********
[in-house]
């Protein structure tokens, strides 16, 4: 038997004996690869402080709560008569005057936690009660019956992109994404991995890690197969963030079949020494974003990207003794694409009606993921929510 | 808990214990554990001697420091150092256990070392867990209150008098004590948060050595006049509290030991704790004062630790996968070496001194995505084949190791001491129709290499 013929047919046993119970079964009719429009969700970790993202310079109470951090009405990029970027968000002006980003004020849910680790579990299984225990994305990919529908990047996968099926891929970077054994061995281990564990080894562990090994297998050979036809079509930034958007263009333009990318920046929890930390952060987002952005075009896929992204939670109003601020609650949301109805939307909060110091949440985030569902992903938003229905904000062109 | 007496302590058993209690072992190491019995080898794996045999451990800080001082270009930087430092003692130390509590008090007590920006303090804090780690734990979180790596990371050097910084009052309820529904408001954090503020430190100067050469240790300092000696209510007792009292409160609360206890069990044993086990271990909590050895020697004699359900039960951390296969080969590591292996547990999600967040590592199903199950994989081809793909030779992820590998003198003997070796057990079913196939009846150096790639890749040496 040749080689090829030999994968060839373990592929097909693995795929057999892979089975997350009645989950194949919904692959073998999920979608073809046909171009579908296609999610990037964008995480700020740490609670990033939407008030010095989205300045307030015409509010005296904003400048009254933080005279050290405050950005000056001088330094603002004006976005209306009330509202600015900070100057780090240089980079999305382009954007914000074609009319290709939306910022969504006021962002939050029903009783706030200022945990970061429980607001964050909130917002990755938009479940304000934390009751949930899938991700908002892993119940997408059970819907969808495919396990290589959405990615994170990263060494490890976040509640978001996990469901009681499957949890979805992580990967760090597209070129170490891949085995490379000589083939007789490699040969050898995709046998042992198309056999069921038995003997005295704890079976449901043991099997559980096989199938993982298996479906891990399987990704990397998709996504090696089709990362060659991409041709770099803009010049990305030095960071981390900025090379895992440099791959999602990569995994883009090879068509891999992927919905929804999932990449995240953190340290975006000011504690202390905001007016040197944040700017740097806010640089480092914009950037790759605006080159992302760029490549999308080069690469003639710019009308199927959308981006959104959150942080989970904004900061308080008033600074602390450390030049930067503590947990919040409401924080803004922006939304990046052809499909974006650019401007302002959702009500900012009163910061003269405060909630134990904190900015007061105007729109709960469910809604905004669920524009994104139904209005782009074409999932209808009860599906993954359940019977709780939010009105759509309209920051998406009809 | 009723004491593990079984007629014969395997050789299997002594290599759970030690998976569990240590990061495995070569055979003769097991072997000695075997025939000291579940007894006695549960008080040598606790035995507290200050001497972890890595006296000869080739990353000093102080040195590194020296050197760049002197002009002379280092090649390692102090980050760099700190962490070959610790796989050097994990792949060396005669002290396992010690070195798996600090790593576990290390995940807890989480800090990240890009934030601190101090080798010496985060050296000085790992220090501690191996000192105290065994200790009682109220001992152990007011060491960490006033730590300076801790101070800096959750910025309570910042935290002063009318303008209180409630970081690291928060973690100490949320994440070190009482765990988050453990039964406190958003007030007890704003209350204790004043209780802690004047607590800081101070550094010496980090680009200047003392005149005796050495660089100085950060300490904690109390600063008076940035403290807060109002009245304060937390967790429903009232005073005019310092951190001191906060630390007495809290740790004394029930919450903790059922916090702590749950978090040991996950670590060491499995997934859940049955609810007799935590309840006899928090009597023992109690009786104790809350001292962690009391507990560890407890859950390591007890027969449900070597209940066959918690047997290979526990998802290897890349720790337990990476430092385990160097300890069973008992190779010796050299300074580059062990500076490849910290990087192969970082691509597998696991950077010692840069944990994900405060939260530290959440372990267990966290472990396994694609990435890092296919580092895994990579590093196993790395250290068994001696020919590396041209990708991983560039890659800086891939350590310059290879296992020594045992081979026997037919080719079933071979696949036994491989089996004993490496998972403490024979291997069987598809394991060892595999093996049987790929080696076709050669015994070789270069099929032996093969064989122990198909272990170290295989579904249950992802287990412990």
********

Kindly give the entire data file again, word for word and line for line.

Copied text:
[in-house]
């Protein structure tokens, strides 16, 4: 038997004996690869402080709560008569005057936690009660019956992109994404991995890690197969963030079949020494974003990207003794694409009606993921929510 | 808990214990554990001697420091150092256990070392867990209150008098004590948060050595006049509290030991704790004062630790996968070496001194995505084949190791001491129709290499 013929047919046993119970079964009719429009969700970790993202310079109470951090009405990029970027968000002006980003004020849910680790579990299984225990994305990919529908990047996968099926891929970077054994061995281990564990080894562990090994297998050979036809079509930034958007263009333009990318920046929890930390952060987002952005075009896929992204939670109003601020609650949301109805939307909060110091949440985030569902992903938003229905904000062109 | 007496302590058993209690072992190491019995080898794996045999451990800080001082270009930087430092003692130390509590008090007590920006303090804090780690734990979180790596990371050097910084009052309820529904408001954090503020430190100067050469240790300092000696209510007792009292409160609360206890069990044993086990271990909590050895020697004699359900039960951390296969080969590591292996547990999600967040590592199903199950994989081809793909030779992820590998003198003997070796057990079913196939009846150096790639890749040496 040749080689090829030999994968060839373990592929097909693995795929057999892979089975997350009645989950194949919904692959073998999920979608073809046909171009579908296609999610990037964008995480700020740490609670990033939407008030010095989205300045307030015409509010005296904003400048009254933080005279050290405050950005000056001088330094603002004006976005209306009330509202600015900070100057780090240089980079999305382009954007914000074609009319290709939306910022969504006021962002939050029903009783706030200022945990970061429980607001964050909130917002990755938009479940304000934390009751949930899938991700908002892993119940997408059970819907969808495919396990290589959405990615994170990263060494490890976040509640978001996990469901009681499957949890979805992580990967760090597209070129170490891949085995490379000589083939007789490699040969050898995709046998042992198309056999069921038995003997005295704890079976449901043991099997559980096989199938993982298996479906891990399987990704990397998709996504090696089709990362060659991409041709770099803009010049990305030095960071981390900025090379895992440099791959999602990569995994883009090879068509891999992927919905929804999932990449995240953190340290975006000011504690202390905001007016040197944040700017740097806010640089480092914009950037790759605006080159992302760029490549999308080069690469003639710019009308199927959308981006959104959150942080989970904004900061308080008033600074602390450390030049930067503590947990919040409401924080803004922006939304990046052809499909974006650019401007302002959702009500900012009163910061003269405060909630134990904190900015007061105007729109709960469910809604905004669920524009994104139904209005782009074409999932209808009860599906993954359940019977709780939010009105759509309209920051998406009809 | 009723004491593990079984007629014969395997050789299997002594290599759970030690998976569990240590990061495995070569055979003769097991072997000695075997025939000291579940007894006695549960008080040598606790035995507290200050001497972890890595006296000869080739990353000093102080040195590194020296050197760049002197002009002379280092090649390692102090980050760099700190962490070959610790796989050097994990792949060396005669002290396992010690070195798996600090790593576990290390995940807890989480800090990240890009934030601190101090080798010496985060050296000085790992220090501690191996000192105290065994200790009682109220001992152990007011060491960490006033730590300076801790101070800096959750910025309570910042935290002063009318303008209180409630970081690291928060973690100490949320994440070190009482765990988050453990039964406190958003007030007890704003209350204790004043209780802690004047607590800081101070550094010496980090680009200047003392005149005796050495660089100085950060300490904690109390600063008076940035403290807060109002009245304060937390967790429903009232005073005019310092951190001191906060630390007495809290740790004394029930919450903790059922916090702590749950978090040991996950670590060491499995997934859940049955609810007799935590309840006899928090009597023992109690009786104790809350001292962690009391507990560890407890859950390591007890027969449900070597209940066959918690047997290979526990998802290897890349720790337990990476430092385990160097300890069973008992190779010796050299300074580059062990500076490849910290990087192969970082691509597998696991950077010692840069944990994900405060939260530290959440372990267990966290472990396994694609990435890092296919580092895994990579590093196993790395250290068994001696020919590396041209990708991983560039890659800086891939350590310059290879296992020594045992081979026997037919080719079933071979696949036994491989089996004993490496998972403490024979291997069987598809394991060892595999093996049987790929080696076709050669015994070789270069099929032996093969064989122990198909272990170290295989579904249950992802287990412990």